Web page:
It is an almost completely new car designed and engineered in-house at Crewe for only pounds 145m. It is also assembled on the factory's first moving production line, yet is its most comprehensively hand-built car for decades.
Gone are the bought-in, fully assembled body shells; Arnage coachwork is welded in the factory. Yet it is also the first Bentley to be built in wholesale collaboration with a "rival" manufacturer, an expedient that pointed to the impending sale of the company. That manufacturer was BMW, tipped as favourite buyer until the 11th hour.
But the deal under which BMW supplied its 4.5-litre V8 for discreet modification will almost certainly be renounced within 12 months, and it seems likely that the number of 4.5-litre Arnages to roll out of Crewe will be low. Bentleys may be made one at a time but they tend to stay in production for far longer than mainstream cars. Classic car buying guides of the future may well record this variant as a rarity.
Don't let any of this put you off. The new engine is down on capacity by more than two litres compared with the outgoing, ancient pushrod V8, but you'd barely notice. True, the inexorable low-rev shove has been replaced by a relative peakiness, but twin turbochargers and a remapped electronic engine management system mean you will barely notice the displacement deficit.
Sixty mph, should you be so uncouth as to consider such things, is dispatched in 6.2 seconds and the Arnage will reach an electronically limited 150mph. This swiftness contrasts comically with its alleged 0.01mph progress on the new production conveyor.
The Bentley's stylists have performed the fashionable trick of making the Arnage look smaller than it is - it's in fact the same length as its predecessor, and is wider and taller. The impression continues from the driving seat, partly because the bonnet now drops away instead of jutting imperiously forward like the vaulted roof of a cathedral .
More impressively, the Arnage feels much smaller to drive. The steering precision will be a revelation to anyone weaned on a Turbo R or Brooklands, in which high speed often drew on the seamanship rather than driving ability of the helmsman. A much improved ride and greater body rigidity help matters - this Bentley now wafts where the old models could fidget.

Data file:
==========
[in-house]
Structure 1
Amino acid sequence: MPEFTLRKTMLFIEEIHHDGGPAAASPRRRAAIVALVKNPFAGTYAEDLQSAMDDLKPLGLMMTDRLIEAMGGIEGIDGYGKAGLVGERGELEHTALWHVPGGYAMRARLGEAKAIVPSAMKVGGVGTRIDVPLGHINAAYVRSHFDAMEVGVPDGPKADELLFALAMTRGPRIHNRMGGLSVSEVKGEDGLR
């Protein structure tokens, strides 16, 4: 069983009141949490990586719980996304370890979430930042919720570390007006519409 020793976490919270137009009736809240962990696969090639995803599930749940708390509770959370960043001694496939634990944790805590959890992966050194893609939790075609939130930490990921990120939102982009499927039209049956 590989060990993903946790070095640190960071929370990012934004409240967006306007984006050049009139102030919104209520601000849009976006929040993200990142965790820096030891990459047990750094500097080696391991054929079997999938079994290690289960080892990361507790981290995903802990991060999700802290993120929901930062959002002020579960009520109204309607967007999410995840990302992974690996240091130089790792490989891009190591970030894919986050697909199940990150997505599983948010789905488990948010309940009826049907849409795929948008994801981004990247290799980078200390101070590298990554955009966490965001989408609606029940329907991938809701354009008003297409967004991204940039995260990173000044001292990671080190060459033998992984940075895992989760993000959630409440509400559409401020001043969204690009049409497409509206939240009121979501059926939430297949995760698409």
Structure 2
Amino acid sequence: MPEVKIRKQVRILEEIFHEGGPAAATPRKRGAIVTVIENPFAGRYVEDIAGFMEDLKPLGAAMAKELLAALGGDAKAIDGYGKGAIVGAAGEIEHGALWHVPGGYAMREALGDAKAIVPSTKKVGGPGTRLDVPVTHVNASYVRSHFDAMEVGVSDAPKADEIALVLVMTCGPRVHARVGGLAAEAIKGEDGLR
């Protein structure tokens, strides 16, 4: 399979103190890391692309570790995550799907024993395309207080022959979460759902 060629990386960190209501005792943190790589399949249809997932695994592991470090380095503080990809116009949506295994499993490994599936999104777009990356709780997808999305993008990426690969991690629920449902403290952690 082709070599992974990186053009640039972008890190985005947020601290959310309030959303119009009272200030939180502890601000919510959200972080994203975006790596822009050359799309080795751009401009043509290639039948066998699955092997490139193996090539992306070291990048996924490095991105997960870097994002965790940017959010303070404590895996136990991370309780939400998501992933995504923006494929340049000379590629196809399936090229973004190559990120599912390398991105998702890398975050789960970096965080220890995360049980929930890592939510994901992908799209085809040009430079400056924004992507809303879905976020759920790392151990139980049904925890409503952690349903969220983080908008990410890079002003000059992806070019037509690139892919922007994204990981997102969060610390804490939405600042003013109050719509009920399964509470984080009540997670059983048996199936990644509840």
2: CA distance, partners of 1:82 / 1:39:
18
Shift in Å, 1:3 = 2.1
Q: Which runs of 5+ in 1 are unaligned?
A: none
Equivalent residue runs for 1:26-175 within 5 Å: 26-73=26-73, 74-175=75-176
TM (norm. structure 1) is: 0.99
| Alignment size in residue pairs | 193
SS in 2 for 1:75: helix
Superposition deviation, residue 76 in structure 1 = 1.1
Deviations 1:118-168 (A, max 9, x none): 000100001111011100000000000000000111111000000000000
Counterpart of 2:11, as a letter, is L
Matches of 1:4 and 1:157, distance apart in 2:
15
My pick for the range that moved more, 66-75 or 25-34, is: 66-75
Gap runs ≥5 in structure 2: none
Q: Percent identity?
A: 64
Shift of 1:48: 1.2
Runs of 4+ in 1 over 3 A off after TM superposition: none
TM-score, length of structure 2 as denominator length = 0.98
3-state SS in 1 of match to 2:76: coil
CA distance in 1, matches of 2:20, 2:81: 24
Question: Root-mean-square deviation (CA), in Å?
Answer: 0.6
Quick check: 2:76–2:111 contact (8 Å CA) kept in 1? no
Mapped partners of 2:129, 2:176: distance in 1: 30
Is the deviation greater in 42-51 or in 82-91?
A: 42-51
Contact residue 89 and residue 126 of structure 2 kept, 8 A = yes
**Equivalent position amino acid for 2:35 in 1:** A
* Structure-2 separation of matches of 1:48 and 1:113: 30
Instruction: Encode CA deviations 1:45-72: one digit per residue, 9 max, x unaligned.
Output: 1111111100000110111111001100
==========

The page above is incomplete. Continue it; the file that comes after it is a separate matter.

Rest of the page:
Inside, long-standing Bentley fetishes and idiosyncrasies are evident and the unmistakable smell and touch of top quality abound. The veneer and leather are unadulterated, and such anachronisms such as organ-stop air vents and dash-mounted ignition switch remain.
Purists, though, may be saddened to find the wiper controls on a rather obscenely fat column stalk rather than some far-flung region of the dash - a result of customer pressure, apparently.
Less welcome changes have been wrought on the air-conditioning controls, a BMW digital display and fiddly buttons replacing the knurled-wheel bi-level arrangement of old. The previous system was joy and simplicity itself to use. Now you are required to stab buttons and watch digits like a demented accountant, the very people surely responsible for this horror.
But the new Arnage can only be viewed as a triumph. Its makers have skilfully trodden the fine line between making a car in a genuinely modern mien and retaining its aura as a traditional luxury good. Driving a Bentley is still an event rather than a journey. These are precisely the qualities that Bentley's new owners must preserve if the marque's unique reputation is to endure.
Bentley Arnage: pounds 143,000. 4,398cc, quad camshaft, twin turbocharged V8, 350bhp,413lb ft. Five-speed automatic transmission. 150mph, 0-60 mph 6.2 seconds, overall mpg 16.7.
Mercedes-Benz S600 LWB, pounds 102,490. The biggest Benz has been blighted by its size; it appears the arrogant bloated plutocrat. Yet it is probably the most soothing way to travel overland.
BMW 750iL, pounds 75,050. Apparent bargain, at less than half the price of the Bentley. Best room in the BMW hotel, but not a unique experience.
Aston Martin V8 Coupe, pounds 150, 250. Since the arrival of the svelte DB7, the big V8 Astons have become an eccentric alternative to the likes of Bentley rather than true sporting cars. Enthusiasts only.